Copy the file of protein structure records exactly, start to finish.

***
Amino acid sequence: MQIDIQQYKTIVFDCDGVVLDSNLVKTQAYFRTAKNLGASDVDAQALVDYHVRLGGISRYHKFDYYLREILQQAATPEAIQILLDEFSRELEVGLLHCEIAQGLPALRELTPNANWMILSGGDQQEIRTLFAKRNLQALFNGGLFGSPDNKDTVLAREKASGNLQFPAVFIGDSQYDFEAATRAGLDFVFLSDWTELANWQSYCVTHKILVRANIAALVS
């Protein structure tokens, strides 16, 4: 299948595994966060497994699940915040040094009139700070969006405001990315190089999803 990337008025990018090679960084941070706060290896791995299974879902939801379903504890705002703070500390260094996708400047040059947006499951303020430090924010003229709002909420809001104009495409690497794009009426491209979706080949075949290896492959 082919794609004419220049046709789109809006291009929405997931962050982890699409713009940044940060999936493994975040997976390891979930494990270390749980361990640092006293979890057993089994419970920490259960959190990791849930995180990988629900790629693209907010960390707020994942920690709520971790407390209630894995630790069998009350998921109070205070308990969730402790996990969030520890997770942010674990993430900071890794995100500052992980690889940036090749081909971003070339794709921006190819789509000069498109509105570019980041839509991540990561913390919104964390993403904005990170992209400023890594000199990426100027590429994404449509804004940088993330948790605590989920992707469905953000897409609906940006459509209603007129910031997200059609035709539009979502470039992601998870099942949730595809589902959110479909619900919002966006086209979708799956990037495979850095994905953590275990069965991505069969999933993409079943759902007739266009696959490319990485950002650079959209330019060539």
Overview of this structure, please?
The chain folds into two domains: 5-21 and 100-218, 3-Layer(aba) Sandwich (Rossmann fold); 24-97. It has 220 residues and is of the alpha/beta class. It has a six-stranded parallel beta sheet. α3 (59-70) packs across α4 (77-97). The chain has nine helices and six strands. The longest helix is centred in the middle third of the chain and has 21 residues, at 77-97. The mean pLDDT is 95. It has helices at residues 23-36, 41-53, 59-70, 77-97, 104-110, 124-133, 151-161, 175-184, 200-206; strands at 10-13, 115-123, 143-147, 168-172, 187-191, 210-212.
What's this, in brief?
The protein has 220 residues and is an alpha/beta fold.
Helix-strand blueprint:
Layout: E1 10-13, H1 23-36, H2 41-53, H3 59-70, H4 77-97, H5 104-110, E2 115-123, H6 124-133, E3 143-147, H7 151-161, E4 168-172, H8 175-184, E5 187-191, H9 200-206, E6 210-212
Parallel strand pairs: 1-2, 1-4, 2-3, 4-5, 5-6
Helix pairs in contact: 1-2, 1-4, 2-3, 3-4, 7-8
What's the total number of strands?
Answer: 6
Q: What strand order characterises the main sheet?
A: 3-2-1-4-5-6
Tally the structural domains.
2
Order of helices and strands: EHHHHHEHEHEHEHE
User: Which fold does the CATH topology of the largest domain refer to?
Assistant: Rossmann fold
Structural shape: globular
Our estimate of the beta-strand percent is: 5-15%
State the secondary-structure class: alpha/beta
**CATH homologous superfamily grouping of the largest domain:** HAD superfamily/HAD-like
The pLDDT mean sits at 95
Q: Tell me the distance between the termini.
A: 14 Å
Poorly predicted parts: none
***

Amino acid sequence: MQIDIQQYKTIVFDCDGVVLDSNLVKTQAYFRTAKNLGASDVDAQALVDYHVRLGGISRYHKFDYYLREILQQAATPEAIQILLDEFSRELEVGLLHCEIAQGLPALRELTPNANWMILSGGDQQEIRTLFAKRNLQALFNGGLFGSPDNKDTVLAREKASGNLQFPAVFIGDSQYDFEAATRAGLDFVFLSDWTELANWQSYCVTHKILVRANIAALVS
């Protein structure tokens, strides 16, 4: 299948595994966060497994699940915040040094009139700070969006405001990315190089999803 990337008025990018090679960084941070706060290896791995299974879902939801379903504890705002703070500390260094996708400047040059947006499951303020430090924010003229709002909420809001104009495409690497794009009426491209979706080949075949290896492959 082919794609004419220049046709789109809006291009929405997931962050982890699409713009940044940060999936493994975040997976390891979930494990270390749980361990640092006293979890057993089994419970920490259960959190990791849930995180990988629900790629693209907010960390707020994942920690709520971790407390209630894995630790069998009350998921109070205070308990969730402790996990969030520890997770942010674990993430900071890794995100500052992980690889940036090749081909971003070339794709921006190819789509000069498109509105570019980041839509991540990561913390919104964390993403904005990170992209400023890594000199990426100027590429994404449509804004940088993330948790605590989920992707469905953000897409609906940006459509209603007129910031997200059609035709539009979502470039992601998870099942949730595809589902959110479909619900919002966006086209979708799956990037495979850095994905953590275990069965991505069969999933993409079943759902007739266009696959490319990485950002650079959209330019060539």
Overview of this structure, please?
The chain folds into two domains: 5-21 and 100-218, 3-Layer(aba) Sandwich (Rossmann fold); 24-97. It has 220 residues and is of the alpha/beta class. It has a six-stranded parallel beta sheet. α3 (59-70) packs across α4 (77-97). The chain has nine helices and six strands. The longest helix is centred in the middle third of the chain and has 21 residues, at 77-97. The mean pLDDT is 95. It has helices at residues 23-36, 41-53, 59-70, 77-97, 104-110, 124-133, 151-161, 175-184, 200-206; strands at 10-13, 115-123, 143-147, 168-172, 187-191, 210-212.
What's this, in brief?
The protein has 220 residues and is an alpha/beta fold.
Helix-strand blueprint:
Layout: E1 10-13, H1 23-36, H2 41-53, H3 59-70, H4 77-97, H5 104-110, E2 115-123, H6 124-133, E3 143-147, H7 151-161, E4 168-172, H8 175-184, E5 187-191, H9 200-206, E6 210-212
Parallel strand pairs: 1-2, 1-4, 2-3, 4-5, 5-6
Helix pairs in contact: 1-2, 1-4, 2-3, 3-4, 7-8
What's the total number of strands?
Answer: 6
Q: What strand order characterises the main sheet?
A: 3-2-1-4-5-6
Tally the structural domains.
2
Order of helices and strands: EHHHHHEHEHEHEHE
User: Which fold does the CATH topology of the largest domain refer to?
Assistant: Rossmann fold
Structural shape: globular
Our estimate of the beta-strand percent is: 5-15%
State the secondary-structure class: alpha/beta
**CATH homologous superfamily grouping of the largest domain:** HAD superfamily/HAD-like
The pLDDT mean sits at 95
Q: Tell me the distance between the termini.
A: 14 Å
Poorly predicted parts: none